It looks like maybe next week we will have more sunshine than not if some of the weather outlooks are accurate. That will be good for area producers to really knock out some more harvest.
The weather is starting to take its toll on certain corn fields as I see more and more corn going down. This makes harvest a bit of a challenge and certainly can impact yield.
The same can be said for soybeans: Maybe not a lot going down, but with all the issues we have this harvest season with soybean quality and in some instances bad yields, we do not need any help from Mother Nature.
If you are one of the lucky ones that is finished, there are certainly many things we can still be doing, such as monitoring our grain bins for quality control.
I know a few of you have bins filled beyond the ventilation capacity so it might be good to remove some grain to allow the fans to work efficiently to maintain quality.
Some grain quality going into the bins was also not always the best. This too will affect the quality of grain coming out of the bin so take time to monitor closely and remember average to poor quality grain does not keep as well as good to very good quality grain.
Don’t forget to also be safe and smart when evaluating grain bins. Grain entrapment is more common than we care to admit. Some of the biggest safety concerns present in grain farming are located at the bin.
Slip, trip, and fall hazards are prevalent. Engulfment can happen in seconds. Combustible or toxic environments can be hidden to the naked eye.
Entanglement and amputations can happen at the storage facility even after harvest season has been completed.
Follow these safety tips when working in and around grain storage bins:
• Frequently check ladders and stairways attached to the bin for needed repairs.
• Make sure guards are in place on all equipment.
• Turn off and lock out all equipment.
• Ensure no grain is being moved into or out of the bin.
• Test the air within a bin prior to entering.
• Use a N-95 mask when working in a bin with grain.
• Wear a body harness with a lifeline when entering a bin.
• Utilize a farm employee or family member to act as an observer outside the bin when entering.
• Do not walk down grain to make it flow.
• Never enter a bin if there is the potential for bridged grain.
• Account for any items you take into a bin and ensure return to the outside so bin equipment does not later become clogged.
Something else to consider yet this fall would be to sometime sample fields for the SCN populations.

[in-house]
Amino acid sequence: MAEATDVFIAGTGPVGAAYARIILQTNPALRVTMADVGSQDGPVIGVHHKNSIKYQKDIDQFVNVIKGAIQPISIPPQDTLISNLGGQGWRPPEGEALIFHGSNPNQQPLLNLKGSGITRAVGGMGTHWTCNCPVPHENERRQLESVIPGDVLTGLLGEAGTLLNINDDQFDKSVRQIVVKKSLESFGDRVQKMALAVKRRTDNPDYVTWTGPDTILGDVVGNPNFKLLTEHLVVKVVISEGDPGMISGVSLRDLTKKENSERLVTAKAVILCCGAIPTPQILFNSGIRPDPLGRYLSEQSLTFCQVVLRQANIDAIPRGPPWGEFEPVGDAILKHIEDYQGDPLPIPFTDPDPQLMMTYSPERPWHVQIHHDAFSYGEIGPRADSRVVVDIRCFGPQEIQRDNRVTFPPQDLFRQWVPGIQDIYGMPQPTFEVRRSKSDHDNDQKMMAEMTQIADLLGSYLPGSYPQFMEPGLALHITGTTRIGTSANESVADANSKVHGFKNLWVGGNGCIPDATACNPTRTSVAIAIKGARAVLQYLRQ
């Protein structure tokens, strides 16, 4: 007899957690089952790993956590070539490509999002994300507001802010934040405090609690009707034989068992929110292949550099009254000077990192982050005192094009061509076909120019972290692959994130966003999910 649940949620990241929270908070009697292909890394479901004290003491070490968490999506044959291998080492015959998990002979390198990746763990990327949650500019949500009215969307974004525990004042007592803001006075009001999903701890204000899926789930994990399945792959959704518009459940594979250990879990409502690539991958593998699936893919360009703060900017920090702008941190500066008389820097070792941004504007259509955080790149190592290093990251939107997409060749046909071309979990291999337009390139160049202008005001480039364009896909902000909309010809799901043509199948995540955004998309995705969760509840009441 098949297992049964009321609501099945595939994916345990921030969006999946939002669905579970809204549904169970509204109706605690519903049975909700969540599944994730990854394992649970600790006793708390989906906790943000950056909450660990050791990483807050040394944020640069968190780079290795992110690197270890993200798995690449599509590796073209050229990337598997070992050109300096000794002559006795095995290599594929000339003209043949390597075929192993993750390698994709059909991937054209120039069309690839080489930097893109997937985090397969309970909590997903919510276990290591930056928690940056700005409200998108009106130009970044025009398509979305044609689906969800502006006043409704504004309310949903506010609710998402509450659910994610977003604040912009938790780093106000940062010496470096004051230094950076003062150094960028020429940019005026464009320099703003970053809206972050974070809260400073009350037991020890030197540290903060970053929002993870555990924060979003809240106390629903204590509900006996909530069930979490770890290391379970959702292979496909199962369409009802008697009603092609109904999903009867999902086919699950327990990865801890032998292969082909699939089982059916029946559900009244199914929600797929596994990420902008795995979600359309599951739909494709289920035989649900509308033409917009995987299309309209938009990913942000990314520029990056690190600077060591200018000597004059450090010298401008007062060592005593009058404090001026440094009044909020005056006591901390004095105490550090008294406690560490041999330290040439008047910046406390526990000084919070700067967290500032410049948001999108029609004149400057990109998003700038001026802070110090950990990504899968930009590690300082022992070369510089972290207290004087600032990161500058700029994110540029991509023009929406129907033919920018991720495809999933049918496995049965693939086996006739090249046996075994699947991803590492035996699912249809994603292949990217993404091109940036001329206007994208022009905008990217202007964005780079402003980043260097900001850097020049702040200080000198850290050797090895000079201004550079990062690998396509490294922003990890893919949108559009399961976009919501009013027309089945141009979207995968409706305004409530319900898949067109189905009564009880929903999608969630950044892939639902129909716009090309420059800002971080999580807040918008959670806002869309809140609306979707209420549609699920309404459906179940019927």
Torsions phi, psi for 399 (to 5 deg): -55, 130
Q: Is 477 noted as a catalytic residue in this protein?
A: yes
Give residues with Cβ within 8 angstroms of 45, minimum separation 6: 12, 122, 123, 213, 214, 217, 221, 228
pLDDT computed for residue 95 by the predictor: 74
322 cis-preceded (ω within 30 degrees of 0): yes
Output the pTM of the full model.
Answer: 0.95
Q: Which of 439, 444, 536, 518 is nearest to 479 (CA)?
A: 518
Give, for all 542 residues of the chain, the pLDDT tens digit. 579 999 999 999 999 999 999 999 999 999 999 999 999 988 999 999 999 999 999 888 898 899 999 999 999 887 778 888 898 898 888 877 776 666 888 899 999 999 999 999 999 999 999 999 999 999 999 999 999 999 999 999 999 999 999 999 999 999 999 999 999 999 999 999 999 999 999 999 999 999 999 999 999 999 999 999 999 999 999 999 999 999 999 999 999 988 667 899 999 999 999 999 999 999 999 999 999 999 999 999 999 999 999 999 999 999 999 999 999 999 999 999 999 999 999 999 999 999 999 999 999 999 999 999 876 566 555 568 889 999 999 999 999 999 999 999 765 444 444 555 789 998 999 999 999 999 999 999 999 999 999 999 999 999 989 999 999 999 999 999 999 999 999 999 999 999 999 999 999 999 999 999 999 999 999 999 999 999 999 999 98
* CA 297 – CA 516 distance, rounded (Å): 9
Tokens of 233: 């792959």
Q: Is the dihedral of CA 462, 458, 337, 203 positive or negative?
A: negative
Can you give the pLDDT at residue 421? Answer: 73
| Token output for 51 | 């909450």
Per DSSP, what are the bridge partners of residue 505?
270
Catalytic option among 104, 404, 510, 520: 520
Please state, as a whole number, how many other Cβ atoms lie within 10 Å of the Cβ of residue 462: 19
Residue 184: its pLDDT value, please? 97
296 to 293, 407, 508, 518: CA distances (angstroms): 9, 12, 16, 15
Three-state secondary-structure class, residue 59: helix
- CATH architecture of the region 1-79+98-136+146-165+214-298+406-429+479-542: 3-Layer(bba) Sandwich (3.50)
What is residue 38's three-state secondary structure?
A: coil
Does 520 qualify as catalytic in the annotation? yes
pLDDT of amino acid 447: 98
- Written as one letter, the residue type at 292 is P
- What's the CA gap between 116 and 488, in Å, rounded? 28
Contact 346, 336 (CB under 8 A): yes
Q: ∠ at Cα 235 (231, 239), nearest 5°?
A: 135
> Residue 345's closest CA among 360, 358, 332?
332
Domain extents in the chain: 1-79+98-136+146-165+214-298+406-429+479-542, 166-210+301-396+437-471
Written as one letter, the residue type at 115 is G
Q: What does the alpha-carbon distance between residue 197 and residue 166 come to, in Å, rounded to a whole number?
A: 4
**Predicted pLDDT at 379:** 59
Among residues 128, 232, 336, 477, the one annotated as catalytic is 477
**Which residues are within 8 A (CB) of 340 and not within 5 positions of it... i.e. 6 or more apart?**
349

According to Ann Dorrance, Ohio State plant pathologist, the SCN Coalition theme for the next few years is “What’s your number?”
Do you know where SCN is in your fields and what the current population is sitting at? If it’s high, then there is a second number – what is the SCN type? Which addresses the bigger question can it reproduce on the SCN resistance source PI 88788 or Peking. All of these numbers can impact management of this root pathogen and future losses.
Dorrance notes that the situation in Ohio we know is now “polluted” with SCN, fortunately most of those fields are at very low levels – which is where they should be kept.
We know statewide there are some surprising locations where individual fields are getting or have gotten into trouble with very high populations (>5,000). This also very true in Clinton County.
Levels of SCN and concerns are in the table accompanying this article.
If you have SCN in your fields , it is important to also control winter annuals such as purple deadnettle, but also avoid cover crops such as several of the clover’s, cowpea and common & hairy vetch.
We recommend sampling in the fall – because in most cases this is what the population will be in the spring.
With the warmer weather this year and hopefully no frozen ground should give ample time to collect and process the samples in plenty of time for spring planting.
Processing of samples does cost time and money, so here are a few thoughts on how to sample or how to target your sampling to get the best information for your money.
The following are noted lab location we can samples to for analysis:
• OSU C. Wayne Ellett Plant and Pest Diagnostic Clinic, 8995 E. Main St. Bldg 23, Reynoldsburg, OH 43068. Phone: 614-292-5006, www.ppdc.osu.edu
• Brookside Laboratory Inc., 200 White Mountain Dr., New Bremen, OH 45869. Phone 417-977-2766, email@example.com or www.blinc.com
• Spectrum Analytic Inc., 1087 Jamison Rd. NW, Washington Court House, OH 43160. Phone 740-335-1562, www.spectrumanalytic.com
Tony Nye is the state coordinator for the Ohio State University Extension Small Farm Program and has been an OSU Extension Educator for agriculture and natural resources for over 30 years, currently serving Clinton County and the Miami Valley EERA.